Alberta wants to pilot the new K-6 curriculum soon, which, of course, confuses some parents, the NDP, and the teachers union. Many persistent interests are in the way, but hopefully Albertin will see this curriculum in place. It is guided by the best evidence that students learn and develop critical thinking skills.
The new curriculum rejects the discovery learning model that has been promoted in the Canadian curriculum since the 2000s. Discovery learning has its roots in the American theorist John Dewey, who developed the idea in the early 1900s. Since then, despite its failure, it has remained popular.
Some western states introduced discovery learning into their math curriculum around 2006. As a result, Alberta students have only become less proficient in math. Write in the Edmonton Journal, David Staples Report, “Major international tests have begun to show that our myriad proportions have doubled, from about 6% in 2007 to about 12% in 2019.” The same trend occurs wherever it is introduced. That’s why Anna Stocke, chair of mathematics and statistics at the University of Winnipeg, calls discovery learning “academic child abuse.”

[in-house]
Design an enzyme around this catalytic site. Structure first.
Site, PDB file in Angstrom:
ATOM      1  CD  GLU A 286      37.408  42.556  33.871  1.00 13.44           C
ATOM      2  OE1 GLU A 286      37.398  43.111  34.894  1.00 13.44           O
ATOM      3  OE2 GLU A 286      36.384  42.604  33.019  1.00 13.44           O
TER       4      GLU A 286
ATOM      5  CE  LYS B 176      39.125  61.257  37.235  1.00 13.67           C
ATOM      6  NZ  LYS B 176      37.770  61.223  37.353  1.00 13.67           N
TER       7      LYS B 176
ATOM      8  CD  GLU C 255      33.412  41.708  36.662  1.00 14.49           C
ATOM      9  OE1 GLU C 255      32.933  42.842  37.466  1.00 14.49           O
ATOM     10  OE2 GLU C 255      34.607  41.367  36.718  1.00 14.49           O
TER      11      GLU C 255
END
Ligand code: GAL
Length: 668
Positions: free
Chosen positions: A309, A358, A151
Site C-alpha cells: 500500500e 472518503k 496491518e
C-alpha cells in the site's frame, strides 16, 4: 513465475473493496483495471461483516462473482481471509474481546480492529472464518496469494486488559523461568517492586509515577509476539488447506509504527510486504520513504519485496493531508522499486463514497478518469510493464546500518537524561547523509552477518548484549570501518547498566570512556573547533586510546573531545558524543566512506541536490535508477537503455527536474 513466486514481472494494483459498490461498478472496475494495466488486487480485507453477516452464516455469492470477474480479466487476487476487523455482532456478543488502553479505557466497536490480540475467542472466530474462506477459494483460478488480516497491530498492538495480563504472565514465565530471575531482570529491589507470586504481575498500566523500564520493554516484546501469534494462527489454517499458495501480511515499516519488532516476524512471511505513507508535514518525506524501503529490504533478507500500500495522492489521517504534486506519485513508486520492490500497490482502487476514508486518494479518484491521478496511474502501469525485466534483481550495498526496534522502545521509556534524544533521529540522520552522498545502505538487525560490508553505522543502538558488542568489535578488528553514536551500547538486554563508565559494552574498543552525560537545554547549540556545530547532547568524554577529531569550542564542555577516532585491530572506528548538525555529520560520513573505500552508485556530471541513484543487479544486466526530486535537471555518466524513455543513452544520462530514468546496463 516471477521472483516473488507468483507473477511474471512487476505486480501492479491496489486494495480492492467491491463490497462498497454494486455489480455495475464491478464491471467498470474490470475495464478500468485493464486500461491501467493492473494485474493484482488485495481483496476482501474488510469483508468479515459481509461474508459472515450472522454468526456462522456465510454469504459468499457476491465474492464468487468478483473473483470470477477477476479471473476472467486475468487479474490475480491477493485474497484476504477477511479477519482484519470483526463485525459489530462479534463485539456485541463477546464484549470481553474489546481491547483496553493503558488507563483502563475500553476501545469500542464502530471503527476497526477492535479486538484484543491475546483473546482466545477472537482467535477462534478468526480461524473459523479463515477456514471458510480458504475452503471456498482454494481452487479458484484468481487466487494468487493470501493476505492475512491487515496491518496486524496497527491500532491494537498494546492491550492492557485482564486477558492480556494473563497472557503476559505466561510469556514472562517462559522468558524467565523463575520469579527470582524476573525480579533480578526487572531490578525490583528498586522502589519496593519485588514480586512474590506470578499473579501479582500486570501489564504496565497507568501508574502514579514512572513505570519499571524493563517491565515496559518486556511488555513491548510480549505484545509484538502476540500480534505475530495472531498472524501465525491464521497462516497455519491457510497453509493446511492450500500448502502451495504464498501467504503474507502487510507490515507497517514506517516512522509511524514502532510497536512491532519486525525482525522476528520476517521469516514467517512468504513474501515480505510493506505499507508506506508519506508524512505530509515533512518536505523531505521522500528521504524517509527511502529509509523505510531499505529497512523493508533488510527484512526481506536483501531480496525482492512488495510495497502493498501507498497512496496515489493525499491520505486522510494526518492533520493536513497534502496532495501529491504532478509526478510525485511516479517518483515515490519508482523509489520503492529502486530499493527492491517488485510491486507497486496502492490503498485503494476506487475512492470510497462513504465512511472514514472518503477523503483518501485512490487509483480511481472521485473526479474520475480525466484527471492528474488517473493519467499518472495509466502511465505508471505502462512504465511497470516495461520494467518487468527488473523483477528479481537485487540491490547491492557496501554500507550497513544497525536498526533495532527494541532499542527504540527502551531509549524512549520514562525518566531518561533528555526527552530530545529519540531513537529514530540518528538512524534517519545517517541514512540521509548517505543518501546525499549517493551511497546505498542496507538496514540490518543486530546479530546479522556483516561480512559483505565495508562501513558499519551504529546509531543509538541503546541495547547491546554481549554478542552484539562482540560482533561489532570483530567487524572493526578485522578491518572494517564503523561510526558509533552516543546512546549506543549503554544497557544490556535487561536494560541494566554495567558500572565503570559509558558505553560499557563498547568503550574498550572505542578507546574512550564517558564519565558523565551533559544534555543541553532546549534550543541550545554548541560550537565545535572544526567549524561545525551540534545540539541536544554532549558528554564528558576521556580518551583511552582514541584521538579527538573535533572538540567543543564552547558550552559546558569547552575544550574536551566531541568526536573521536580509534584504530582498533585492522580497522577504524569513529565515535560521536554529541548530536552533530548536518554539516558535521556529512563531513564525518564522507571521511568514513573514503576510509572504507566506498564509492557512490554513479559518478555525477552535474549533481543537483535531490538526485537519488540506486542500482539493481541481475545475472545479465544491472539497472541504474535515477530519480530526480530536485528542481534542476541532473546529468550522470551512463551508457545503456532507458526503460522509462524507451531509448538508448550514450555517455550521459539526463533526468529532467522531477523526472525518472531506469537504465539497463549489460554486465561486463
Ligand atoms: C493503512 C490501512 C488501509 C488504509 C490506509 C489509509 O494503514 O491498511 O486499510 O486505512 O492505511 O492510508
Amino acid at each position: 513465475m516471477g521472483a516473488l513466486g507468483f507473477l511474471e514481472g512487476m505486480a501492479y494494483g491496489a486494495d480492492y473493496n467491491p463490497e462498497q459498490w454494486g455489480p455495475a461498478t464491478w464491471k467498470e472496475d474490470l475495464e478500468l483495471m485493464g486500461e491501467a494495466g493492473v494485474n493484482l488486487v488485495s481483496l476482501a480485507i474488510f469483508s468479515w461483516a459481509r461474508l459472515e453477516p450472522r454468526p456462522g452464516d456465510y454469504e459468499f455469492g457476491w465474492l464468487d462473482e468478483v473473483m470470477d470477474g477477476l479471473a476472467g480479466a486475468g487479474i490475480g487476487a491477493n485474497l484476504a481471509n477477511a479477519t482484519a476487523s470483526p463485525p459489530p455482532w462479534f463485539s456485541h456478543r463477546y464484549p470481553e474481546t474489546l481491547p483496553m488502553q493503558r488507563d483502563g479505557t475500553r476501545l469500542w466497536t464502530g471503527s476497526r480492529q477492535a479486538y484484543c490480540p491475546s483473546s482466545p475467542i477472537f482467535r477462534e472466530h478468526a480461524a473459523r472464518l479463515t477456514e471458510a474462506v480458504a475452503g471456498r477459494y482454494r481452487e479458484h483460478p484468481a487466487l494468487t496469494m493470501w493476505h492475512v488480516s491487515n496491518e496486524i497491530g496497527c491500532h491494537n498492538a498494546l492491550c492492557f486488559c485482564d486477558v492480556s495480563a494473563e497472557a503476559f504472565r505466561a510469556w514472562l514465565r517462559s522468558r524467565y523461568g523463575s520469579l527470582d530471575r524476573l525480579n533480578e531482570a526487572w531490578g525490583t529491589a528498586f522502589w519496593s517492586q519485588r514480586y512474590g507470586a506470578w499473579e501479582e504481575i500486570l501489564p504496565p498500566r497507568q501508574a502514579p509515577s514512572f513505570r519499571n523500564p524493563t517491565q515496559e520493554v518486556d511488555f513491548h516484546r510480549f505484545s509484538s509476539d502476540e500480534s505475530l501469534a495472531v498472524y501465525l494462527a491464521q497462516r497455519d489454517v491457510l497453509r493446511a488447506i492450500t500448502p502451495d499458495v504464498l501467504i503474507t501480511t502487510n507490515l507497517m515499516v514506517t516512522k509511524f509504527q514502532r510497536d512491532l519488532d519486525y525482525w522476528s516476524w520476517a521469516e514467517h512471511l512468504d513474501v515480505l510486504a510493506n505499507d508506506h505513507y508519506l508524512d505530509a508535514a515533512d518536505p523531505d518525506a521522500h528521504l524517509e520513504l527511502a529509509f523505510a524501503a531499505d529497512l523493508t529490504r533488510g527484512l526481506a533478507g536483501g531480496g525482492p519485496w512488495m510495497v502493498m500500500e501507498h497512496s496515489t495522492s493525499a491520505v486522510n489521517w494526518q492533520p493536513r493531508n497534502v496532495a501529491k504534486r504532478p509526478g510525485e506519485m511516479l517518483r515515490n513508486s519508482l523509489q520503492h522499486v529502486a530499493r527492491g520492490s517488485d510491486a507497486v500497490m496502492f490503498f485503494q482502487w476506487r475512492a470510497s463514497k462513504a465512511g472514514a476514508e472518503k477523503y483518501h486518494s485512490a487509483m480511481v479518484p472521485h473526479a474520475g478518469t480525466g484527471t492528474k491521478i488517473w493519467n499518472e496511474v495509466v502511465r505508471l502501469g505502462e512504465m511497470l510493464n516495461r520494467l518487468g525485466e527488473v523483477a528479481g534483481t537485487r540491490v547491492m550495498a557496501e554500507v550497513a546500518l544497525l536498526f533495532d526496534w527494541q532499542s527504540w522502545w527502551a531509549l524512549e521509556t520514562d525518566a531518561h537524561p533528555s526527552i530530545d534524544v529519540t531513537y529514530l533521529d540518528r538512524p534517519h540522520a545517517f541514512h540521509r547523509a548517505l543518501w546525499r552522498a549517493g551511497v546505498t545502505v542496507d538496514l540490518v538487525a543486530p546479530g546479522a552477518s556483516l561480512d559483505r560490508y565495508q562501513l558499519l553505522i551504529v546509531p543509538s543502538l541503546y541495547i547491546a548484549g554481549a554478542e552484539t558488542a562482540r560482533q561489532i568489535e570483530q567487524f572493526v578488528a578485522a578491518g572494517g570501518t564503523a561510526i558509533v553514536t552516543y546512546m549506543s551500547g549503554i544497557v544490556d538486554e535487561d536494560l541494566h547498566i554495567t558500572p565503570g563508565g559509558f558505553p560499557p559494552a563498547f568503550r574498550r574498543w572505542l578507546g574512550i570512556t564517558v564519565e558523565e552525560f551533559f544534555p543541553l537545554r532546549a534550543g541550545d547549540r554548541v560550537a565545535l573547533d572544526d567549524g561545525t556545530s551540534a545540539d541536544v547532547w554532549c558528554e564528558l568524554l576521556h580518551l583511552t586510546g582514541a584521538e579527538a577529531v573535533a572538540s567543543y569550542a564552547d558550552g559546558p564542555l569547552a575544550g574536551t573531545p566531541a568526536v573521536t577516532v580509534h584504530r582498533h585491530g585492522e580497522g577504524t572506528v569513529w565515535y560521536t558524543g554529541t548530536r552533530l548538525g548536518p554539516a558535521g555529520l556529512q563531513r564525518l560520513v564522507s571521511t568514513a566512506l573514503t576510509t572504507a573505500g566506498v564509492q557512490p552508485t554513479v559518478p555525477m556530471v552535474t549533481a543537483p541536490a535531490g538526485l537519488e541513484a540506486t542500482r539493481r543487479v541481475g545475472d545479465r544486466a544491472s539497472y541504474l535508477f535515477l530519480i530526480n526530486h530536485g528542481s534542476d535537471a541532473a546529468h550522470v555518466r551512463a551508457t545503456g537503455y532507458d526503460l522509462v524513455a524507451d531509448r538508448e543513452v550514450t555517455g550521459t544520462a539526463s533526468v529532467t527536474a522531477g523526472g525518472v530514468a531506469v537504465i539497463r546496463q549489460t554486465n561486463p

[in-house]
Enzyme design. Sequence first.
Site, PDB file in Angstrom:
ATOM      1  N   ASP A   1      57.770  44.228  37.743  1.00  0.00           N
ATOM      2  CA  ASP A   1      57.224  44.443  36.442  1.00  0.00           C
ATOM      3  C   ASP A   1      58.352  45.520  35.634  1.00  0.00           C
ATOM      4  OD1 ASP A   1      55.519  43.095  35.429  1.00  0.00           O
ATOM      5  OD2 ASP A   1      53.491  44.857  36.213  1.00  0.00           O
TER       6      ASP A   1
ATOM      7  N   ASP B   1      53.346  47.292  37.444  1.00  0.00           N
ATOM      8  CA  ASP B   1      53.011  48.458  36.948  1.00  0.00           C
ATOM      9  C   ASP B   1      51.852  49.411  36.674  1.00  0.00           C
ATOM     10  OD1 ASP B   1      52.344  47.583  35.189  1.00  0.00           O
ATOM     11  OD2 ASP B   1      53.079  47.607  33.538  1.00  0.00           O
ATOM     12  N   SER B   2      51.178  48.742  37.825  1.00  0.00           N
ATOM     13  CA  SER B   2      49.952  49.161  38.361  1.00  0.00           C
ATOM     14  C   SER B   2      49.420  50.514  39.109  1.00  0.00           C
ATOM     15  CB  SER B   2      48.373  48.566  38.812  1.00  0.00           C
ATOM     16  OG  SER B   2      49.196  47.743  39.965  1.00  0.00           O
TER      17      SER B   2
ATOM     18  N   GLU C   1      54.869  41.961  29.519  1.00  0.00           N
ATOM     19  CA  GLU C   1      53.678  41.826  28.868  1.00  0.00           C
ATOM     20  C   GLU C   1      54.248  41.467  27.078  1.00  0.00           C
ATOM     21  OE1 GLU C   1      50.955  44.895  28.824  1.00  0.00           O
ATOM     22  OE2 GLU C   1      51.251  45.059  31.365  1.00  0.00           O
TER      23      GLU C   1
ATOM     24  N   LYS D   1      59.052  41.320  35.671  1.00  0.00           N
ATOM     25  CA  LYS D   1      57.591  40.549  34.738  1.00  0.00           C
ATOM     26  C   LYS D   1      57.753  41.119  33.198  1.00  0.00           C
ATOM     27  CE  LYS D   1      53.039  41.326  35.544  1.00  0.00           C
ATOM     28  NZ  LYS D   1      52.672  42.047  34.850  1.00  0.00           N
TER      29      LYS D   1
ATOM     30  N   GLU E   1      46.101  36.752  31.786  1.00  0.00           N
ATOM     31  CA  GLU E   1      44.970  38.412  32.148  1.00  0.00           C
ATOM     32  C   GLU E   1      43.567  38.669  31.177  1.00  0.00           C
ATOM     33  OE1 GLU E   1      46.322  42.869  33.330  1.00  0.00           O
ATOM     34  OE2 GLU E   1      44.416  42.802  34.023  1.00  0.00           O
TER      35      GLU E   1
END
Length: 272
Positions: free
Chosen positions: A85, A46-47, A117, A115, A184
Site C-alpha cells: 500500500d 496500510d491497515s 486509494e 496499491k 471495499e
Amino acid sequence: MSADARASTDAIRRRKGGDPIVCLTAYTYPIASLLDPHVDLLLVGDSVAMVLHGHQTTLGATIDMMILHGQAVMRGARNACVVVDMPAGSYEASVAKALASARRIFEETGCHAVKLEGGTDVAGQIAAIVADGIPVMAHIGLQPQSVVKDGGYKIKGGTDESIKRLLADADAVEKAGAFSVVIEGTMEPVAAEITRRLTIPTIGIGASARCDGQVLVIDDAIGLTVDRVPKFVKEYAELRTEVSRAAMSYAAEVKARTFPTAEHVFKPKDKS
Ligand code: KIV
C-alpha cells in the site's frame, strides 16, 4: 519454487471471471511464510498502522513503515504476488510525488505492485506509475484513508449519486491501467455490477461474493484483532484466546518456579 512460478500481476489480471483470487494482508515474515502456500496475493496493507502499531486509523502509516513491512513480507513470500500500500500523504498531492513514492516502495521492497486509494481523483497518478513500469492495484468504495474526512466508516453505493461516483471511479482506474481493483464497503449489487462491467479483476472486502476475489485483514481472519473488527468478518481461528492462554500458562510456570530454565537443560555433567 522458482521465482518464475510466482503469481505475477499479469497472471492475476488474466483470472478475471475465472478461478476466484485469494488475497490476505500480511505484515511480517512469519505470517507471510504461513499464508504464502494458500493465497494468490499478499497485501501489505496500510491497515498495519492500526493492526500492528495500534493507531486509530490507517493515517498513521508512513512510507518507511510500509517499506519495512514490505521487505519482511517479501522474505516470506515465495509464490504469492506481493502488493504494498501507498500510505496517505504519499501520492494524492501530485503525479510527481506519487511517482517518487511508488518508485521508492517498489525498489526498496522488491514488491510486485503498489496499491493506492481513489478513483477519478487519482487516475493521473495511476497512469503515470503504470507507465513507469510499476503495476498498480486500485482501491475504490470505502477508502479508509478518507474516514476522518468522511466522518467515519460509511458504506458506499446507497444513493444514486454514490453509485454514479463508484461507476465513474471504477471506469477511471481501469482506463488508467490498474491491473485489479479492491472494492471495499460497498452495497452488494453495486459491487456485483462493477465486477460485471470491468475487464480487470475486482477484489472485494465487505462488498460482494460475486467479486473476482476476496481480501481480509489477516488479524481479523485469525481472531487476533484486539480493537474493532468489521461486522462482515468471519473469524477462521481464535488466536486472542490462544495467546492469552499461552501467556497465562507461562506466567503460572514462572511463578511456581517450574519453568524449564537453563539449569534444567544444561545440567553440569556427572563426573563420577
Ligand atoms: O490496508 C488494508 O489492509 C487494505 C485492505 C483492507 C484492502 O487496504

About 10 years ago, discovery learning was repackaged as “21st Century Learning” and pushed from top to bottom throughout the British Columbia curriculum. Parents were told that their children would magically learn to think critically without having to learn as much content as before. By discovering things for themselves, students will reach “deeper learning.” However, since its introduction, British Columbia students’ scores on the International PISA test have declined.
Also, according to a major survey conducted at York University in 2019, only 44% of college students surveyed in Ontario are considered “ready to succeed in college studies.” Surprisingly, about the same number of students were considered at risk and 16% were classified as dysfunctional. “Rhetoric about [high schools] Preparing them with literacy and critical thinking skills is inconsistent with reality, “the author concludes.